The Cleveland Indians made a somewhat surprising roster move Wednesday afternoon when they called Jeanmar Gomez up from Triple-A Columbus to help shore up the team’s exhausted bullpen. In order to make room for Gomez on the 25-man roster, the Tribe designated Shelley Duncan for assignment.
In all likelihood, this move marks the end of Duncan’s three-year tenure with Cleveland. As a fairly (though wrongly) unpopular figure among Tribe fans who has primarily been a bench player and is heading to arbitration this winter it seemed likely that the Indians would let him go before the 2013 season, and the fact that they made this move now rather than waiting three days for rosters to expand to 40 players reflects how little he apparently meant to the team. The timing was surprising, but the team parting ways with Duncan wasn’t.
But just because a move was predictable doesn’t mean it was right.
Let’s take a look at some numbers. Last year, Duncan hit 11 home runs in less than half a season’s worth of playing time. He slugged .484 with an OPS north of .800 and a 125 OPS+. From 2010-11 he amassed 1.7 fWAR in just 504 plate appearances, right in line with what you’d expect from an average MLB player. His numbers are down this year, but that’s largely due to a .218 BABIP (compare that to his near-.300 marks the last two years and it seems he’s gotten unlucky) and inconsistent playing time (every Cleveland fan knows Duncan is better when he plays enough to find his groove).
What’s the point of all that? Basically, Duncan’s good plate discipline and impressive raw power make him at least a league-average hitter with the upside of a legitimate middle-of-the-order bat. Give him enough plate appearances to play through his slumps and find his groove and he’d be at least a respectable right-handed option in left field. Despite popular opinion, Duncan really could have been a valuable piece for this team going forward—which is why I argued two weeks ago that the Indians should devote the rest of the season to seeing what he could do with regular at-bats.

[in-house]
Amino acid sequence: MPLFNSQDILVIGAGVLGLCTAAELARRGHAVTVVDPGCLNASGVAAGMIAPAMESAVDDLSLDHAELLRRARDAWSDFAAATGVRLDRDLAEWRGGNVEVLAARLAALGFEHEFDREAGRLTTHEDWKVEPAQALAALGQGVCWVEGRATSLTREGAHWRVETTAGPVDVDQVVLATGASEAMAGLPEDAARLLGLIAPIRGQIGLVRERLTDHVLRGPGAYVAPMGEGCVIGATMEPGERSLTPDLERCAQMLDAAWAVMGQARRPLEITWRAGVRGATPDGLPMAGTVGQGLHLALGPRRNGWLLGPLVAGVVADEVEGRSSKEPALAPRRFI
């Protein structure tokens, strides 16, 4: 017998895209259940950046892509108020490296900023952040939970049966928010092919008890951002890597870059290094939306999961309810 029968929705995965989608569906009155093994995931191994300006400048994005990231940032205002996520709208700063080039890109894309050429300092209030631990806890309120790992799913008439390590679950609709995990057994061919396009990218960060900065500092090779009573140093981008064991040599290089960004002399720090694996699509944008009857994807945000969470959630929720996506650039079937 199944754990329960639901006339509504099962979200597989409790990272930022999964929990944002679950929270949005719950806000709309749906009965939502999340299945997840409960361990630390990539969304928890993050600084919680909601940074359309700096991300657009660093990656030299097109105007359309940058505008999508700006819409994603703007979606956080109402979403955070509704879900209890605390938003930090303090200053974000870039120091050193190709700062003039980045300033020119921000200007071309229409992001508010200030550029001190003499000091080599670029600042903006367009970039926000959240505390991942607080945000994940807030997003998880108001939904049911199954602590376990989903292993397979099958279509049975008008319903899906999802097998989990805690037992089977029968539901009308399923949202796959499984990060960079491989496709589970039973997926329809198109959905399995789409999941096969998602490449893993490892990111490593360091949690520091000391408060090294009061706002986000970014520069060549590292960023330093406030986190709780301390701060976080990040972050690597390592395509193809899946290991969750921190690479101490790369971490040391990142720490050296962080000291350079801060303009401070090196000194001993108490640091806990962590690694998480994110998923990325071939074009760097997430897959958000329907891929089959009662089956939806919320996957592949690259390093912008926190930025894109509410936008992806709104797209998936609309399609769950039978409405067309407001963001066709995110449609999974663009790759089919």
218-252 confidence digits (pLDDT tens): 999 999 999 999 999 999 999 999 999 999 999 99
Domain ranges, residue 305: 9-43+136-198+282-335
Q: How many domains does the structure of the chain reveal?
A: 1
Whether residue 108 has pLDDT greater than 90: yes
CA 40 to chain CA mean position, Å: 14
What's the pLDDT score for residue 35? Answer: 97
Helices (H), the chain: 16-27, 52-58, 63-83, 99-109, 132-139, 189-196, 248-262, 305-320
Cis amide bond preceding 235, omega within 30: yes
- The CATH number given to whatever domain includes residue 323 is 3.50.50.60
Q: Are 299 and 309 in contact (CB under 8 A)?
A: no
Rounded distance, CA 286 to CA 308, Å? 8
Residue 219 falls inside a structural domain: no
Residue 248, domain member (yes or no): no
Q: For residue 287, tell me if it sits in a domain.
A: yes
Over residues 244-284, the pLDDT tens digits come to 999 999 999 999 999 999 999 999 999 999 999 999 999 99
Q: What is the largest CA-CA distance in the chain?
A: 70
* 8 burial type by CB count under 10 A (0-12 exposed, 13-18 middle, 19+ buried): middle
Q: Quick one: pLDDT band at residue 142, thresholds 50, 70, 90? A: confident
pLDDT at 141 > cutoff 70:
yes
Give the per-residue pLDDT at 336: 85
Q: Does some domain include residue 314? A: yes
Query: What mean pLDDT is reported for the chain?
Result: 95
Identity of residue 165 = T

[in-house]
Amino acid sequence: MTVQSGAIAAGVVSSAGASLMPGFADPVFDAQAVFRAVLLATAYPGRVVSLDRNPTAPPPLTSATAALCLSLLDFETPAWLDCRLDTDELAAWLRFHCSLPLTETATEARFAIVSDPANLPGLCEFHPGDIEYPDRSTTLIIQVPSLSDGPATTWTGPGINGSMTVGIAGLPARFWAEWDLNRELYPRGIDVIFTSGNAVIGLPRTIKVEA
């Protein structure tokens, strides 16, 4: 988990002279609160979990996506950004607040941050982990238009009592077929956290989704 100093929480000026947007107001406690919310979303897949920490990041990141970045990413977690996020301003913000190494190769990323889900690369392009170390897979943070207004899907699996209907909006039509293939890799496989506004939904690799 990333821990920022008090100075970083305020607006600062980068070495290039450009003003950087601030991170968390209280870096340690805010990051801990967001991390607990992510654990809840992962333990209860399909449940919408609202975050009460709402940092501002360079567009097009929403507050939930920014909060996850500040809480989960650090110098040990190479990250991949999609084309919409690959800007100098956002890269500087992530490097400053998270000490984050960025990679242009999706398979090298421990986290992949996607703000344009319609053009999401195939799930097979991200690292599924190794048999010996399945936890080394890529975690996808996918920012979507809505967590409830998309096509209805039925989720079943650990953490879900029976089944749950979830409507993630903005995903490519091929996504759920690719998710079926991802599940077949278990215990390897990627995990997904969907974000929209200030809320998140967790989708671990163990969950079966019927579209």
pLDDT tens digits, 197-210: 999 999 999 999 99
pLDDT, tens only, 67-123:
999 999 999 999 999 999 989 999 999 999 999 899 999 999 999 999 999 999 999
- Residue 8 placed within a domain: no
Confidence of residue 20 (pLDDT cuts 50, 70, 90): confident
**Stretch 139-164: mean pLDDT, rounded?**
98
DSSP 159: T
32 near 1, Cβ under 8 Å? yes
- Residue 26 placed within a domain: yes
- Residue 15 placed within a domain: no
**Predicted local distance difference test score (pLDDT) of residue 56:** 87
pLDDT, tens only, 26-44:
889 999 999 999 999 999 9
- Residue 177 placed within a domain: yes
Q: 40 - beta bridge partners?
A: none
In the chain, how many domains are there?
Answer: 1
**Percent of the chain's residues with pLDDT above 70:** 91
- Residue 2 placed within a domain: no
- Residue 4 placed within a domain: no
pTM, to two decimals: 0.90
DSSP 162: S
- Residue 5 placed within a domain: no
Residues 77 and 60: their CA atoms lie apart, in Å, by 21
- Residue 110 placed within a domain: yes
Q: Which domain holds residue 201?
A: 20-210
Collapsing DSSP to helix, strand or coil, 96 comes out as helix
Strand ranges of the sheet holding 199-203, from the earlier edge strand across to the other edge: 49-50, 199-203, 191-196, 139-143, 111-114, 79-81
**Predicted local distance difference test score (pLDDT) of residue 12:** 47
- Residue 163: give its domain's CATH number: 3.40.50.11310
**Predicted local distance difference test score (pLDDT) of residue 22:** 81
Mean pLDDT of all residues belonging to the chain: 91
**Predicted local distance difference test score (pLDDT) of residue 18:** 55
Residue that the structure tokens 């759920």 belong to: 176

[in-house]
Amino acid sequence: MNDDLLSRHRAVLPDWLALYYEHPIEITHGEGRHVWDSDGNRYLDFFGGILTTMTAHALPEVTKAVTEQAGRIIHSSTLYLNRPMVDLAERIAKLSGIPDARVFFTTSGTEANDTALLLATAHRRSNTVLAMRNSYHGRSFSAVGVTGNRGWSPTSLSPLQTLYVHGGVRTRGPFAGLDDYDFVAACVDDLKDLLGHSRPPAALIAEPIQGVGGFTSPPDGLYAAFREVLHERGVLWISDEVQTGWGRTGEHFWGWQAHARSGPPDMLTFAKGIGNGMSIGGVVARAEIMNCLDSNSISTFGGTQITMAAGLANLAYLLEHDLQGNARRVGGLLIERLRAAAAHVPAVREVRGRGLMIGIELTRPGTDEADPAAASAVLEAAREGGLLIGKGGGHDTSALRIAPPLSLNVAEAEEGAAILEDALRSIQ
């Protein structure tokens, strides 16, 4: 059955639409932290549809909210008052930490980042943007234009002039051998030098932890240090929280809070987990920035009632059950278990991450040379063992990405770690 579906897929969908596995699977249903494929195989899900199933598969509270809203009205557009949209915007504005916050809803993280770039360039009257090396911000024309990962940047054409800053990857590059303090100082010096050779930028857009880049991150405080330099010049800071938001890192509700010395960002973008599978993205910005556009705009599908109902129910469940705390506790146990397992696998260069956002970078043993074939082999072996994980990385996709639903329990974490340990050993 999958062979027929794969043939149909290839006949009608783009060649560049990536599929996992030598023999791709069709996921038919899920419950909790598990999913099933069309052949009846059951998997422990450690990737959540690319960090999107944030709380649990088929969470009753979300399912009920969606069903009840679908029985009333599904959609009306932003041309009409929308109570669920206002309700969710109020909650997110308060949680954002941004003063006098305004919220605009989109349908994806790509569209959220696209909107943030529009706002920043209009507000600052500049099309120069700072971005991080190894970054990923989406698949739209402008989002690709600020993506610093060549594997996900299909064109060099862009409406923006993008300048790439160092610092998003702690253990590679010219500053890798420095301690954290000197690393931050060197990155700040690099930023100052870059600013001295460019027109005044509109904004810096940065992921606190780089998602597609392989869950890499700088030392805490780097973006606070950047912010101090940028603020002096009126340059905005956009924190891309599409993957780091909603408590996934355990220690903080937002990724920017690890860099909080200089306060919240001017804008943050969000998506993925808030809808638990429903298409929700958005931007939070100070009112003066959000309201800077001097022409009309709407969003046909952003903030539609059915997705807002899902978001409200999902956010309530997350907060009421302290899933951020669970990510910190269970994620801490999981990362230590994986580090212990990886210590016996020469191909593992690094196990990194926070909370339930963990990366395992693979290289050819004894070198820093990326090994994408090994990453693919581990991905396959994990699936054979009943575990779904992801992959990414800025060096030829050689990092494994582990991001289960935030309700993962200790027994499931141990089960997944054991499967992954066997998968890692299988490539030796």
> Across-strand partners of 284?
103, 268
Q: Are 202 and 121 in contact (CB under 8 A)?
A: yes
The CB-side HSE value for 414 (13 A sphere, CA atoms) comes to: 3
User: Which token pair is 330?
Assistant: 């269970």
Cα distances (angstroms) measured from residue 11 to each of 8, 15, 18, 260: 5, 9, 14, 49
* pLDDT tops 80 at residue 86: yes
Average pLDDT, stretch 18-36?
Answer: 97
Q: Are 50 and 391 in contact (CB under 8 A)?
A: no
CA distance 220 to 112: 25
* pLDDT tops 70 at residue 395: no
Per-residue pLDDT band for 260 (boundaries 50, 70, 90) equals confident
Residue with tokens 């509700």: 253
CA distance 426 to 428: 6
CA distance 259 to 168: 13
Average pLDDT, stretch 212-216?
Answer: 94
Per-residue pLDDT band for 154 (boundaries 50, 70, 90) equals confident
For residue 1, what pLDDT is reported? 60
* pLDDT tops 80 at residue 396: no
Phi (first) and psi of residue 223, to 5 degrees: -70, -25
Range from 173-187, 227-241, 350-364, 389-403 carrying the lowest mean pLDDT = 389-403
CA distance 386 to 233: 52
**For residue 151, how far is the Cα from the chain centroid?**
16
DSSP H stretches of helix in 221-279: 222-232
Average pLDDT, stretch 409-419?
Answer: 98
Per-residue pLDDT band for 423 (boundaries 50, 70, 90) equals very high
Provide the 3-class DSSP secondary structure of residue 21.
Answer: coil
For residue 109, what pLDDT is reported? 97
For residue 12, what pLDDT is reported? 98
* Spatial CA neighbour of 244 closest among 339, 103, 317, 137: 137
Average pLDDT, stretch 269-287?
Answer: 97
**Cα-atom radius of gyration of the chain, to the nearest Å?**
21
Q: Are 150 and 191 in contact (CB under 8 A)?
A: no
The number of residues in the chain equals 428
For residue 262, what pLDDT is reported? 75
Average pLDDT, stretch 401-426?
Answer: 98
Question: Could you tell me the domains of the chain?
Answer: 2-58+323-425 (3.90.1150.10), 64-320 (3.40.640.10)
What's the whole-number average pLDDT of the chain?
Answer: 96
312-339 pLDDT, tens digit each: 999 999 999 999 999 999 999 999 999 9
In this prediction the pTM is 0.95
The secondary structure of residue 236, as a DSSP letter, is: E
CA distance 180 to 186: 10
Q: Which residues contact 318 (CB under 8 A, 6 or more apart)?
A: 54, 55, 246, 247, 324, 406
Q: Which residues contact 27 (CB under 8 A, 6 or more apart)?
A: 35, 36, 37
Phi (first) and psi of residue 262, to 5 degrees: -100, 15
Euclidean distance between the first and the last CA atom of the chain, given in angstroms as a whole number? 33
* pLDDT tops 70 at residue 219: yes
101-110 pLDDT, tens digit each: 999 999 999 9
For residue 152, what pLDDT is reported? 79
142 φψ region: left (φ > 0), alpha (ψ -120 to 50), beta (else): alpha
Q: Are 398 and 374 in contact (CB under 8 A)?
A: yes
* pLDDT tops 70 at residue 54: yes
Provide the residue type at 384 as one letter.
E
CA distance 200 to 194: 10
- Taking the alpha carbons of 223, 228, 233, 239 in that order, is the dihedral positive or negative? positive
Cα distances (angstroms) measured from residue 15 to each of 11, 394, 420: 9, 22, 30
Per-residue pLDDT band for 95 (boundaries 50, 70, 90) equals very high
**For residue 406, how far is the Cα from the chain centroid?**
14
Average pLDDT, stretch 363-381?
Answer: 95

But alas, that’s not how it worked out. I don’t know what this team has had against Shelley Duncan for the past year, but it’s often seemed as though no one in the organization understands how good he actually is. The second Grady Sizemore got injured in the preseason the front office began frantically searching for someone else to play left field despite the fact that the Indians couldn’t afford anyone who would be significantly better than Duncan. That’s why names like Vladimir Guerrero and Bobby Abreu were connected to Cleveland, and how we ended up with the ill-fated Johnny Damon experiment.
Then the season started and Duncan got even less appreciation from Manny Acta. After starting the season on a tear he suddenly found himself scrounging for playing time while Damon (in the words of one of my professors) seemed to have “the job security of a Prussian bureaucrat.” To add insult to injury, Duncan wasn’t even Acta’s go-to right-handed bat off the bench; somehow Acta decided that Jose Lopez was the better hitter of the two even though none of the stats backed that up.
With this in mind, perhaps the Indians aren’t losing much by cutting Duncan. If we take it as a given he wasn’t going to get a real chance in Cleveland anyway, there’s no real difference—his not having a chance to contribute to this team in the future was a sunk cost. But that doesn’t mean that releasing him (as the Tribe will likely do) is preferable to actually giving him a shot. You’d think a powerful right-handed bat who can play left field would be the kind of player this team would love to have.
Here’s to a player who never got the recognition he deserved, an here’s hoping he gets the chance to prove himself with another team in the near future. I’ll miss Shelley Duncan, even if no one else will.